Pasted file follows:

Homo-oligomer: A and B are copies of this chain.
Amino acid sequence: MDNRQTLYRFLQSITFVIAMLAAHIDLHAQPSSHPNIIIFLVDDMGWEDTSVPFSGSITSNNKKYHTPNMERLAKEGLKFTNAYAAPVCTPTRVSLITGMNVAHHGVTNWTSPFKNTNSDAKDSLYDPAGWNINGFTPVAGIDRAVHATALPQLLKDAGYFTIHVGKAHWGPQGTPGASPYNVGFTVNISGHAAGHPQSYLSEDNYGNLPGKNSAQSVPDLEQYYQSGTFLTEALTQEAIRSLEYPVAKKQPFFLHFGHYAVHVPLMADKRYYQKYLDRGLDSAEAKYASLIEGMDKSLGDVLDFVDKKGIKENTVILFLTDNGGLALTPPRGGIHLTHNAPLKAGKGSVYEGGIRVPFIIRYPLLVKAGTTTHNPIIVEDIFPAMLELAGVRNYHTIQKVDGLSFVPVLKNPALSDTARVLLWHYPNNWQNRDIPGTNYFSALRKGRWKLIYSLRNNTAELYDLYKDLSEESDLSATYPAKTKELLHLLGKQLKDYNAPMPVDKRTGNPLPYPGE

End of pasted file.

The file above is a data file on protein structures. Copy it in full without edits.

Homo-oligomer: A and B are copies of this chain.
Amino acid sequence: MDNRQTLYRFLQSITFVIAMLAAHIDLHAQPSSHPNIIIFLVDDMGWEDTSVPFSGSITSNNKKYHTPNMERLAKEGLKFTNAYAAPVCTPTRVSLITGMNVAHHGVTNWTSPFKNTNSDAKDSLYDPAGWNINGFTPVAGIDRAVHATALPQLLKDAGYFTIHVGKAHWGPQGTPGASPYNVGFTVNISGHAAGHPQSYLSEDNYGNLPGKNSAQSVPDLEQYYQSGTFLTEALTQEAIRSLEYPVAKKQPFFLHFGHYAVHVPLMADKRYYQKYLDRGLDSAEAKYASLIEGMDKSLGDVLDFVDKKGIKENTVILFLTDNGGLALTPPRGGIHLTHNAPLKAGKGSVYEGGIRVPFIIRYPLLVKAGTTTHNPIIVEDIFPAMLELAGVRNYHTIQKVDGLSFVPVLKNPALSDTARVLLWHYPNNWQNRDIPGTNYFSALRKGRWKLIYSLRNNTAELYDLYKDLSEESDLSATYPAKTKELLHLLGKQLKDYNAPMPVDKRTGNPLPYPGE